To assume our responsibility toward others, of course, it is first essential that we be ready and able to assume our responsibility toward others — in other words, to become as self-reliant as possible, as quickly as possible. We do not deny that most of us, on occasion, must deal with severe personal problems that appear insoluble without some kind of outside help in purely material or spiritual form. We do not deny, furthermore, that reputable outside guidance or counseling should sometimes be sought in order that relief be obtained. We do contend, however, that not all problems need be laid at the feet of a "professional" or an "expert" in order to be successfully solved.

   Complete self-reliance is almost impossible to achieve at our present stage of evolution, but most of us could successfully deal with many more of our own burdens, by ourselves, than we now do. It is only human to want to be a "leaner," and the habit of running to someone else with a pressing matter instead of trying to work it out for ourselves is very hard to avoid.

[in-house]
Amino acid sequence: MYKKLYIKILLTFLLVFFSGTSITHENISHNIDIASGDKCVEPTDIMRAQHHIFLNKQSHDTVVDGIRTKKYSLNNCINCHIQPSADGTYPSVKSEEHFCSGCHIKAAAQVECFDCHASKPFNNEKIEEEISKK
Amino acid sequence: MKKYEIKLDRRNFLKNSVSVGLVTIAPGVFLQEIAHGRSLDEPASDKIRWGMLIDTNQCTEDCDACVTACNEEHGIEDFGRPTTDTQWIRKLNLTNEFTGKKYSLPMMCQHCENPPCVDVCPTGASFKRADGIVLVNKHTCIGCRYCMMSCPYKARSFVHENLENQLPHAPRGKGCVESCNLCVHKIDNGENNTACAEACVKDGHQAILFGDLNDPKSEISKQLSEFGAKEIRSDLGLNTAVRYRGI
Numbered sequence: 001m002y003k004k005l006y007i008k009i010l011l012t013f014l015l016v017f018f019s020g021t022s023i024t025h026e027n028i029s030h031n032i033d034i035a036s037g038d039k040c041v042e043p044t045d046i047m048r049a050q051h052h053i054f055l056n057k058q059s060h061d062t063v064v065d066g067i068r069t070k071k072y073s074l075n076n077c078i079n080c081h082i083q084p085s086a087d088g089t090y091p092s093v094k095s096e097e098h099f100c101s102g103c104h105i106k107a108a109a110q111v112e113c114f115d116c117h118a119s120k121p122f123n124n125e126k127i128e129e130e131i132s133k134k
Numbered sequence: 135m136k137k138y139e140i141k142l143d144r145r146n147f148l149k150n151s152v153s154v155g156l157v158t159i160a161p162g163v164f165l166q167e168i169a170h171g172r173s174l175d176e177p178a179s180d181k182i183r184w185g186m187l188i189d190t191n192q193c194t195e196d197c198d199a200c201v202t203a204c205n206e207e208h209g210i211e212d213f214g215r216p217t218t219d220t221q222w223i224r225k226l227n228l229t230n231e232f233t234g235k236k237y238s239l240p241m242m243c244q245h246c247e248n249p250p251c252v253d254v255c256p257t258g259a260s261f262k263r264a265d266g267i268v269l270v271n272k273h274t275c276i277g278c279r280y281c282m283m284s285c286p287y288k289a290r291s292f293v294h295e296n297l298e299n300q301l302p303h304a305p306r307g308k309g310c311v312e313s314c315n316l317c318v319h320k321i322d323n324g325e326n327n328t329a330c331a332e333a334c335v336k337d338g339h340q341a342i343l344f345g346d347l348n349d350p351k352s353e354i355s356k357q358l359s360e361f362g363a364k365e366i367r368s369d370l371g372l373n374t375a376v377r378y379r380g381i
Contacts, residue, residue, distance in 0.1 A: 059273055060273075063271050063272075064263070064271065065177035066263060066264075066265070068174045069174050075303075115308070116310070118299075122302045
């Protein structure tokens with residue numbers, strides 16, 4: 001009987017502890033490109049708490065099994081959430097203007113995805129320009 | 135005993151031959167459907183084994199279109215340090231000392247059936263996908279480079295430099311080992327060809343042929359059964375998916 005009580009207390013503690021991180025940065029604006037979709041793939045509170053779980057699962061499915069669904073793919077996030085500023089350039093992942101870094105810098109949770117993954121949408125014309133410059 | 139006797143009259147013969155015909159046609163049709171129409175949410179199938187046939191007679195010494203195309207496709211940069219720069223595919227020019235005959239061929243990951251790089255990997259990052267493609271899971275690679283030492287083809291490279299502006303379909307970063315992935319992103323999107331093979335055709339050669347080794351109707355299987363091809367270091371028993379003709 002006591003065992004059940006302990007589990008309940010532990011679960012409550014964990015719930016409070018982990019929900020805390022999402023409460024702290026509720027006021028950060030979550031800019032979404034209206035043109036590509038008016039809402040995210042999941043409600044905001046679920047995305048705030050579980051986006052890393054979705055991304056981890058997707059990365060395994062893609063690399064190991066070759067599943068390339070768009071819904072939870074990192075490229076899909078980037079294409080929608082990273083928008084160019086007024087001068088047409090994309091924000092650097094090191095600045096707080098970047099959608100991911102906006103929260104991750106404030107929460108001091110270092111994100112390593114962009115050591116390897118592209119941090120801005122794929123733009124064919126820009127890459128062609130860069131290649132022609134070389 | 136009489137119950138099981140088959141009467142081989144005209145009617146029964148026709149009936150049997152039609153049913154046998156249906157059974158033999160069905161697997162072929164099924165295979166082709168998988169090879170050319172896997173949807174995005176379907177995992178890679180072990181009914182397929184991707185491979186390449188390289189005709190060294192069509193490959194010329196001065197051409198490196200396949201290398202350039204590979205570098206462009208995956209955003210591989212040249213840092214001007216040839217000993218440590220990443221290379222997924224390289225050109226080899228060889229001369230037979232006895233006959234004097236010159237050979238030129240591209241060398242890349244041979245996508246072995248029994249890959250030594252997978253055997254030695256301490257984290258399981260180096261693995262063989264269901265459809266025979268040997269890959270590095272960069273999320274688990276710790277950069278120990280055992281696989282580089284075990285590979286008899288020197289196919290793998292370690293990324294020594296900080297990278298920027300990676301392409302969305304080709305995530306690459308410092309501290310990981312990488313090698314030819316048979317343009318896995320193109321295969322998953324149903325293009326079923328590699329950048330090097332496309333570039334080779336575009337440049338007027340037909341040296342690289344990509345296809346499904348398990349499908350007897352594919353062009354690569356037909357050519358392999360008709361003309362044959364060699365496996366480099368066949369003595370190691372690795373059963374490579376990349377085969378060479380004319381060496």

There are a number of sources of help available to us when we accept the responsibility of trying to solve our own problems. It is safe to say that most people have not begun to utilize these sources to the utmost. The first, of course, is prayer. If our prayers are sincerely uttered or thought (formal, ritualized petitions are only one form of prayer and by no means always the most effective), the response will invariably contain the key to our solution of the particular problem at hand. We must be prepared, however, to accept the response as an expression of "His Will," and to discern from that exactly what the correct action on our part would be. Too many people are prone to complain that their prays were not answered when, actually, they were, only in a different manner from that which had been hoped for or anticipated. "Thy will be done" must be the foundation of all our prayers.